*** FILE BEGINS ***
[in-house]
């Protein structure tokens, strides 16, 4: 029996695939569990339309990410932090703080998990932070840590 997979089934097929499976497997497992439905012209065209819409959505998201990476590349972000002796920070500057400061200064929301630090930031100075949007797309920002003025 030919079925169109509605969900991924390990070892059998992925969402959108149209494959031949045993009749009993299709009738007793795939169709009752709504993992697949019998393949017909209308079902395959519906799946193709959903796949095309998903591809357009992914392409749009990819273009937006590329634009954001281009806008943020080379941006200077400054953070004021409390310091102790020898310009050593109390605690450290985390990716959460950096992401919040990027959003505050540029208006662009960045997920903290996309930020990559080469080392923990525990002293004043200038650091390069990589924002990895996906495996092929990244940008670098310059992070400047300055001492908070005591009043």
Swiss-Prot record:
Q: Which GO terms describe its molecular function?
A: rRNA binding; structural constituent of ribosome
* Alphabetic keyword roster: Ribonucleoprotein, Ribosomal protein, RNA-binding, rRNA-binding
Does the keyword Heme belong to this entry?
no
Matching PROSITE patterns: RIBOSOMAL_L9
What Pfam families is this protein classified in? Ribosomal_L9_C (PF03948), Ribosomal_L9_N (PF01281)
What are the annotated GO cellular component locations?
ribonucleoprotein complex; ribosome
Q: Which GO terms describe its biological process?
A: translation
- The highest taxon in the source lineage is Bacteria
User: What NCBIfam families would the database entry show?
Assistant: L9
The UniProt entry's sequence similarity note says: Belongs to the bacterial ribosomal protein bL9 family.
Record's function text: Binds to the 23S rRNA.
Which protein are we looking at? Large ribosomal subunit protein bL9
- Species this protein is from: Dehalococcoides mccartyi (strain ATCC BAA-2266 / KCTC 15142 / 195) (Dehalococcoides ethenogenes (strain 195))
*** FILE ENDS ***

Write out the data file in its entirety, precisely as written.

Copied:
[in-house]
């Protein structure tokens, strides 16, 4: 029996695939569990339309990410932090703080998990932070840590 997979089934097929499976497997497992439905012209065209819409959505998201990476590349972000002796920070500057400061200064929301630090930031100075949007797309920002003025 030919079925169109509605969900991924390990070892059998992925969402959108149209494959031949045993009749009993299709009738007793795939169709009752709504993992697949019998393949017909209308079902395959519906799946193709959903796949095309998903591809357009992914392409749009990819273009937006590329634009954001281009806008943020080379941006200077400054953070004021409390310091102790020898310009050593109390605690450290985390990716959460950096992401919040990027959003505050540029208006662009960045997920903290996309930020990559080469080392923990525990002293004043200038650091390069990589924002990895996906495996092929990244940008670098310059992070400047300055001492908070005591009043």
Swiss-Prot record:
Q: Which GO terms describe its molecular function?
A: rRNA binding; structural constituent of ribosome
* Alphabetic keyword roster: Ribonucleoprotein, Ribosomal protein, RNA-binding, rRNA-binding
Does the keyword Heme belong to this entry?
no
Matching PROSITE patterns: RIBOSOMAL_L9
What Pfam families is this protein classified in? Ribosomal_L9_C (PF03948), Ribosomal_L9_N (PF01281)
What are the annotated GO cellular component locations?
ribonucleoprotein complex; ribosome
Q: Which GO terms describe its biological process?
A: translation
- The highest taxon in the source lineage is Bacteria
User: What NCBIfam families would the database entry show?
Assistant: L9
The UniProt entry's sequence similarity note says: Belongs to the bacterial ribosomal protein bL9 family.
Record's function text: Binds to the 23S rRNA.
Which protein are we looking at? Large ribosomal subunit protein bL9
- Species this protein is from: Dehalococcoides mccartyi (strain ATCC BAA-2266 / KCTC 15142 / 195) (Dehalococcoides ethenogenes (strain 195))